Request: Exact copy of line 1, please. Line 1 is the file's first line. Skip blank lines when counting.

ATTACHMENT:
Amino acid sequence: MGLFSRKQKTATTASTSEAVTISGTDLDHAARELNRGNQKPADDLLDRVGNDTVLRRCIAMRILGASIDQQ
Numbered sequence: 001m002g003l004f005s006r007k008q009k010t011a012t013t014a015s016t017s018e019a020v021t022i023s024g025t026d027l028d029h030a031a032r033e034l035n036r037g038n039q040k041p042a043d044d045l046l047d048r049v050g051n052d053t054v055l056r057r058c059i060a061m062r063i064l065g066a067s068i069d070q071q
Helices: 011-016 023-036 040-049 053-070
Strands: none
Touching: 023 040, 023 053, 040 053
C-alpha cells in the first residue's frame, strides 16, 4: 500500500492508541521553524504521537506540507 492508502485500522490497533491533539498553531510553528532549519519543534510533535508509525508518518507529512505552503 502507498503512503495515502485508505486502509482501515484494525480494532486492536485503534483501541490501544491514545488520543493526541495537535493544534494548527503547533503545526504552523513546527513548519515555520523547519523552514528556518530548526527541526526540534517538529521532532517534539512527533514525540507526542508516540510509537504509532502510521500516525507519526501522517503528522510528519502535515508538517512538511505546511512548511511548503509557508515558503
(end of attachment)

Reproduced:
Amino acid sequence: MGLFSRKQKTATTASTSEAVTISGTDLDHAARELNRGNQKPADDLLDRVGNDTVLRRCIAMRILGASIDQQ